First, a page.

Corks+Forks: Mistral Kitchen’s Hamachi Crudo and Torbreck Semillon

Australian Semillon proves it’s not just a blending grape and they’re not just the land down under.

Australia often times gets a bad rap. They like Paris Hilton a little too much, they honor the British monarchy, Fosters Beer isn’t really made there and Vegemite is upsetting. But don’t sell them short and do look behind the curtain, there is more wonder to Oz than one might imagine. The grape of Semillon is revitalizing the Australian white wine industry. It is one of the few French grape varieties that is almost as friendly to the southern hemisphere wine scene as it is to its motherland. With massive plantings in South Africa, Semillon is taking over even more so in the land down under, dominating Hunter Valley which sits just north of Sydney and has been since the first settlers nearly 160 years ago. Titled as the region’s own brand of Riesling, Semillon is sported in several different styles in Australia, ranging from sweet to mineral-driven and austere to commercially blended with Chardonnay.

Like the country she thrives in, Semillon is also subject to harsh criticism by the media, the misinformed and the unseasoned palate. Naysayers find it flabby, fatty and dull. Australian wines have been equally lambasted for being gooey, extracted and extremely high in alcohol (talking 16.5% on average here, in comparison to the rest of the world at around 13-14%).

But it’s not their fault. Australia nor Semillon — Australia has been feelin’ hot, hot, hot for more than a decade with ridiculously scorched and dry seasons, including a seven year drought that ran through recent years. Not necessarily the best grape growing climate per se, grapes need the sun to flourish and ripen but they also need cool evenings to enhance and brighten the acidity.

And Semillon has been underrated its whole existence. Although it is also knighted as one of the noble (white) grape varieties of Bordeaux, it is overshadowed and disparaged by Sauvignon Blanc and its vibrant acid and citrus flavors.

Well, not any more. Maya Angelou said “a bird doesn’t sing because it has an answer, it sings because it has a song.” If anyone had a song to sing, it is the dogmatic, bawdy and determined Australians defying the odds Mother Nature is hurling at them and the grape that gives it a tune which leads to the dish that feeds them the pitch.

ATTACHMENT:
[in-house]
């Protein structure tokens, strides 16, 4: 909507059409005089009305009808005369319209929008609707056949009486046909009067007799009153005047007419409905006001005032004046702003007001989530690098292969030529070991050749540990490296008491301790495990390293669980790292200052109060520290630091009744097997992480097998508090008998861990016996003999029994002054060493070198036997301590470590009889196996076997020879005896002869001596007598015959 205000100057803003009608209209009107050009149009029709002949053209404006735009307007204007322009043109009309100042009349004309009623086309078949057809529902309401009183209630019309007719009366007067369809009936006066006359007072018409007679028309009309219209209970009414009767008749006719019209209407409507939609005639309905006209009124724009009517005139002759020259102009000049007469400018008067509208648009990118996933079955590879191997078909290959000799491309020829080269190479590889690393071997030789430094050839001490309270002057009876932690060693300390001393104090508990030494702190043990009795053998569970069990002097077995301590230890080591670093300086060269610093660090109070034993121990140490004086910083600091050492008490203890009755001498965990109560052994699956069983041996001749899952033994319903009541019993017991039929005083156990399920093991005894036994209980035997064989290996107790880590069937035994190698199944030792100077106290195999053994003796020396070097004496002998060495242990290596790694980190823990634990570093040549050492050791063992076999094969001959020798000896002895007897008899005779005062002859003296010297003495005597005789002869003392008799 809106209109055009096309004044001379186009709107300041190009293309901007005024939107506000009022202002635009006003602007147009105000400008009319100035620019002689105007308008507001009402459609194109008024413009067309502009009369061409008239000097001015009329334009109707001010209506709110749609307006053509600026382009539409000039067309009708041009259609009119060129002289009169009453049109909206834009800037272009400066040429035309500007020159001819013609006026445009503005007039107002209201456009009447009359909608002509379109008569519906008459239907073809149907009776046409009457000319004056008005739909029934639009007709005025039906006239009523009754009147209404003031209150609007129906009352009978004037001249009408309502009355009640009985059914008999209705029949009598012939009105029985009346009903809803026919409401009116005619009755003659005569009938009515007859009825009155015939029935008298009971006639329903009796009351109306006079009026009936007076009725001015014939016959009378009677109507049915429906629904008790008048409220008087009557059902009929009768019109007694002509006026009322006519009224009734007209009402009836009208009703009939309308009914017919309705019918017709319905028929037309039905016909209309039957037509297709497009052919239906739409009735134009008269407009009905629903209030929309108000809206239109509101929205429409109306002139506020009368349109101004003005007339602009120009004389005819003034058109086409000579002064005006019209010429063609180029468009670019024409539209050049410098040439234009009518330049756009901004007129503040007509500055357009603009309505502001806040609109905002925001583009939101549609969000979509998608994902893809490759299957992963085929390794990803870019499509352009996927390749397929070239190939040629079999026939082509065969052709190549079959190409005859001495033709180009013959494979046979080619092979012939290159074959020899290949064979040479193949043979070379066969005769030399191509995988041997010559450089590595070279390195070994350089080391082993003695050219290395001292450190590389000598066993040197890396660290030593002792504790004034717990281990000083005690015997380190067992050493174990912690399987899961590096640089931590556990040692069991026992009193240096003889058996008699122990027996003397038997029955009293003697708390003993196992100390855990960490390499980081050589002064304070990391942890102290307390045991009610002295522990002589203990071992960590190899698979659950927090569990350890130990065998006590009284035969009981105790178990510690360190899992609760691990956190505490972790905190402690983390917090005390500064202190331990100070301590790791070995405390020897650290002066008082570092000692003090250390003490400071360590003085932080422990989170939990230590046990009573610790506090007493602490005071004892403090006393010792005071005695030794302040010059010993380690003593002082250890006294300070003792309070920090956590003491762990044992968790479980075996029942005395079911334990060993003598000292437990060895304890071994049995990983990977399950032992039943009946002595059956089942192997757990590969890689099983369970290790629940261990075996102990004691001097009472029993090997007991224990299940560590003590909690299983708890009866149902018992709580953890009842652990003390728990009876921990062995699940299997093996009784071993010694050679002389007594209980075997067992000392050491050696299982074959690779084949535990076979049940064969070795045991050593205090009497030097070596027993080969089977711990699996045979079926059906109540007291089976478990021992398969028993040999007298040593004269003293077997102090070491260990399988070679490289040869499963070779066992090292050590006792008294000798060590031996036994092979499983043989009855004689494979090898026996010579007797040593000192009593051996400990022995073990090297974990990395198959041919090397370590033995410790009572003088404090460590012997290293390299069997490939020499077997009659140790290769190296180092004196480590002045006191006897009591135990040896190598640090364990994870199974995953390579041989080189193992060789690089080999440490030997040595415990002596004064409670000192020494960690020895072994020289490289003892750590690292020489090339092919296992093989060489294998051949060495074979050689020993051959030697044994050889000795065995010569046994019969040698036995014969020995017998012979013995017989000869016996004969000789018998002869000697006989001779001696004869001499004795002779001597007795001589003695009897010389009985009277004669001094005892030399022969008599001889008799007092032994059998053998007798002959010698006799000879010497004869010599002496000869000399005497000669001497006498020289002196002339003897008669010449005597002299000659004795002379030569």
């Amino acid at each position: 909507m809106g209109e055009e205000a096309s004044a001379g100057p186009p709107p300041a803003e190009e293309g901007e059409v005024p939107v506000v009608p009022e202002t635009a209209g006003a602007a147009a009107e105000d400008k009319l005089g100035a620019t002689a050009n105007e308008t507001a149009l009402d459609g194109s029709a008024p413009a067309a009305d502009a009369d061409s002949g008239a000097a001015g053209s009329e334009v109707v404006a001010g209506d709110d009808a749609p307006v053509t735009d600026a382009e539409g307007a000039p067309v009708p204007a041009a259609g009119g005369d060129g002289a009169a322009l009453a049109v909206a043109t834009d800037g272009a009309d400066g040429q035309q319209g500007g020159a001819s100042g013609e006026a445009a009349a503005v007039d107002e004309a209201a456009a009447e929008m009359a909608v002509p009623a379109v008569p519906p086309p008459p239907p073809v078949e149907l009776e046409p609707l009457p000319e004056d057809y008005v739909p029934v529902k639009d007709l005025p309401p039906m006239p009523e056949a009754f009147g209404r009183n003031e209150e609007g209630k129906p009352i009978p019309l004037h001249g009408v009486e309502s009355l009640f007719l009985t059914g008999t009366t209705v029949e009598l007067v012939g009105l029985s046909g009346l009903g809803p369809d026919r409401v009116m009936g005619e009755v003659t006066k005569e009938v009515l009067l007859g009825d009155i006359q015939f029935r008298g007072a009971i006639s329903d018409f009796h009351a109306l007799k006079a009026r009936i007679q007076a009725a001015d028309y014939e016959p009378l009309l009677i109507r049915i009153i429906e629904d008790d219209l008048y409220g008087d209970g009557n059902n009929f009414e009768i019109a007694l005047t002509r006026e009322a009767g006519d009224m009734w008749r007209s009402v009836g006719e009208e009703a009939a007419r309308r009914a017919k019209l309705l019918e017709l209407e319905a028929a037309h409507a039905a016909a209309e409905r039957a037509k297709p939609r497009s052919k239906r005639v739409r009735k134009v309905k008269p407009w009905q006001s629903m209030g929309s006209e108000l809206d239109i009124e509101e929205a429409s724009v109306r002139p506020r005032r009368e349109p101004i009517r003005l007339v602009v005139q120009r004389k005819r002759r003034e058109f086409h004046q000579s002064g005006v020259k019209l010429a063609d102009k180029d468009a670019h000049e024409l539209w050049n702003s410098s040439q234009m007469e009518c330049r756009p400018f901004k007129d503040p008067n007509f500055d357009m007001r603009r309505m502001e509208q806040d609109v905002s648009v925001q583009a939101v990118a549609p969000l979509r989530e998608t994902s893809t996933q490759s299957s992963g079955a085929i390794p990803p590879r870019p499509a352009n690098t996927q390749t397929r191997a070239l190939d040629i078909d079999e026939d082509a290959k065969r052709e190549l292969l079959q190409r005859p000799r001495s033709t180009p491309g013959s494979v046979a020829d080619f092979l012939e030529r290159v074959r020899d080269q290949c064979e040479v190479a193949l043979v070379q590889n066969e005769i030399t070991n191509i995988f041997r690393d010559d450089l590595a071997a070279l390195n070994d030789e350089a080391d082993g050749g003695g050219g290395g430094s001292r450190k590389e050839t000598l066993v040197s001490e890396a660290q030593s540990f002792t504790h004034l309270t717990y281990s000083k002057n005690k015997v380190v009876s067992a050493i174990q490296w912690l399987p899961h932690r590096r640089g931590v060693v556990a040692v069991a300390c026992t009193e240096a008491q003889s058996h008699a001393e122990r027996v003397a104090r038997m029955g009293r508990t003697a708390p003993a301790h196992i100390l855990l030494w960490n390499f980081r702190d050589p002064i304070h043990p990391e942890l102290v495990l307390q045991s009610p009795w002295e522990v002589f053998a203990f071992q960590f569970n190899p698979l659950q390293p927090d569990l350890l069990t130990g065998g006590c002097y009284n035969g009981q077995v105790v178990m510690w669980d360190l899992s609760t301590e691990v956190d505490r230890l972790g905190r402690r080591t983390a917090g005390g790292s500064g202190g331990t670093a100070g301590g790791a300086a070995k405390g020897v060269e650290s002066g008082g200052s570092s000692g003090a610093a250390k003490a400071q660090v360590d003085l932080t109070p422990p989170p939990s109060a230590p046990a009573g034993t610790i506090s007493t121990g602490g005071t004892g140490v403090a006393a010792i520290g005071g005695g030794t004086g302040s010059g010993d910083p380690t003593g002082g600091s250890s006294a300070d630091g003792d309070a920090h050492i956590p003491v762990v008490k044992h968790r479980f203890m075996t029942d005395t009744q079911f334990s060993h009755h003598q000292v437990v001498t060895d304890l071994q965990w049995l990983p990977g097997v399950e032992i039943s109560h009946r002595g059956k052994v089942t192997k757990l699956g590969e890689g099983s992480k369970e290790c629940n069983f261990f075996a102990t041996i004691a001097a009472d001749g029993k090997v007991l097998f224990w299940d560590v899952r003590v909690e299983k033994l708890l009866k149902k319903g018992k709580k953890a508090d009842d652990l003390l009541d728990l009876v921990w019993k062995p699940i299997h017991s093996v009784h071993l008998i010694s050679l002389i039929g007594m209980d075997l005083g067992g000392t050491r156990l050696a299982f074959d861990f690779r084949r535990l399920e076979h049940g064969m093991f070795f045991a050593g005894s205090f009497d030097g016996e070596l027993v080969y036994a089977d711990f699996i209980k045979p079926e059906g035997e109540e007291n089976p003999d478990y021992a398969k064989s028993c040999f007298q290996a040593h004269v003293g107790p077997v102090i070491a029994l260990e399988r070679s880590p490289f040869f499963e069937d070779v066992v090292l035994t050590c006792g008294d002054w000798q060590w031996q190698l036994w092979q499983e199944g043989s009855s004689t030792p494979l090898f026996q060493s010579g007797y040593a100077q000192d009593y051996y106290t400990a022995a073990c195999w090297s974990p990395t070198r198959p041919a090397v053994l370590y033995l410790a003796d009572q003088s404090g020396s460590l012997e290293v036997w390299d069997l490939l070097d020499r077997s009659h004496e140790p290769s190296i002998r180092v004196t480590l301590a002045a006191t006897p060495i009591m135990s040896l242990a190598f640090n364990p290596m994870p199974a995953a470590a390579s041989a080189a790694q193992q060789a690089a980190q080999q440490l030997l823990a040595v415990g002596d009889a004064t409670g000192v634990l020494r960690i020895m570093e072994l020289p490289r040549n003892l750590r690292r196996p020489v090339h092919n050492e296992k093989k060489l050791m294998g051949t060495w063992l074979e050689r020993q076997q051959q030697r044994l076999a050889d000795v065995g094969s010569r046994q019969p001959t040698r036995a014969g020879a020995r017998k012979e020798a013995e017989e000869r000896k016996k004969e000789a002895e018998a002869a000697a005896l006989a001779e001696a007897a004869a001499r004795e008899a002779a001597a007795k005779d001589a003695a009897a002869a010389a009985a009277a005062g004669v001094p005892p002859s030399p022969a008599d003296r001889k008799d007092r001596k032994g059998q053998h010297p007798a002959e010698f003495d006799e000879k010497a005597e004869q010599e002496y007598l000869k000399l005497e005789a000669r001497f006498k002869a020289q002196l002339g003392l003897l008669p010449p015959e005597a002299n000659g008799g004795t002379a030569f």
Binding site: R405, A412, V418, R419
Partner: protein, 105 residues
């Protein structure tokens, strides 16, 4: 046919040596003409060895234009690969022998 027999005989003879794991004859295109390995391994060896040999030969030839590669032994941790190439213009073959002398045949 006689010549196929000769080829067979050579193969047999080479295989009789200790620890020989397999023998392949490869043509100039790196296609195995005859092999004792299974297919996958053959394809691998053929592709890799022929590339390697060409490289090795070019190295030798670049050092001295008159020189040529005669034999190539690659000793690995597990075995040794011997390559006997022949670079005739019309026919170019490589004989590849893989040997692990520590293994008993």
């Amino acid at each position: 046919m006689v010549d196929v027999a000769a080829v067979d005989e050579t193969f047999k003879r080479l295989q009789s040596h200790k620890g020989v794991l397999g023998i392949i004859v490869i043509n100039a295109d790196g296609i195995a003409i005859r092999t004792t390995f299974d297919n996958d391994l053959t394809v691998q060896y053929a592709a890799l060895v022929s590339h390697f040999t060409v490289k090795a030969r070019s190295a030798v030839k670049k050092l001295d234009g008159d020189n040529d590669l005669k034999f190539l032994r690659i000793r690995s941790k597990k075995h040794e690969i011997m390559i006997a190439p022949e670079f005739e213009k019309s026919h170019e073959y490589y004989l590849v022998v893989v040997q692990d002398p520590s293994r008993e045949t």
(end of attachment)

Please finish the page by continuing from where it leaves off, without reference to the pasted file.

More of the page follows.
The Restaurant: MistralKitchen — Said to be the eatery that is “the embodiment of every type of restaurant” chef/owner William Belickis enjoys on his own, MistralKitchen has become said joint. With regionally and internationally rotating theme menus and five different dining options in the 5,000 square foot space, patrons can pick their experience depending on their budget, mood or even dietary requests. Food is fresh and innovative, bread products are baked in house and the desserts are nonnegotiable. Cocktails are staggeringly delectable and the wine list makes you go weak in the knees.

The Dish: Hamachi Crudo ($14) — Plump and oleaginous in goodness, the yellowtail tuna is served cold and raw (as it should be). A scattering of pea vines and sliced radishes rain over the top of the fish with chunks of daikon, stone fruit or avocado below – all depending on what chef has in store that day.

Why It Works: Hamachi is sexy. Luxurious and opulent, the fish is rich in texture as much as it is in flavor. It often times calls for an equally fatty wine pairing partner and in most cases, Semillon might not fit the bill. But Australian Semillon, like Australian men, are as sultry as it can get. Offering a roundness in the wine and lush fruit with the equally fancy flavors of the fish keeps the pairing on the same terms.

The Recommended Match: Torbreck Winery 2011 Woodcutter’s Semillon ($18) — David Powell, Torbreck’s owner and winemaker, is the aforementioned tenacious former lumberjack who restored a dry, dead and ancient Shiraz vineyard in the Barossa Valley in 1994. He nurtured it into a solid and profitable property, securing small parcels of it along the wine to slowly produce his own wine.

Given the previously describe land and climate Australians have to work with, Powell established Torbreck Winery and based his endeavors around classic Rhone Valley varietals that boom in Barossa Valley, such as Shiraz (same as Syrah), Mataro (same as Mourvedre) and Grenache. Just eight years later, Torbreck was able to purchase the ancient property for his premium wine use.

Using archaic Semillon vineyards, this wine is fermented in both stainless steel and French barriques, giving it a character the grape is not used to and showcasing the ripe Barossa fruit. The wine briefly touches on citrus tones but focuses mostly on exotic fruit, yellow apples, D’Anjou pears, smokey nutty aromas and sweet honeysuckle. Finishing with the grace of butter and the natural crispness of the grape, the wine balances out pure and clean.

Kicker to this pairing is that Powell and Chef Belickis are real-life buddies and MistralKitchen hosts the most comprehensive Torbreck selection in the city. Worth testing out.

MistralKitchen | 2020 Westlake Avenue, Seattle | (206) 623-1922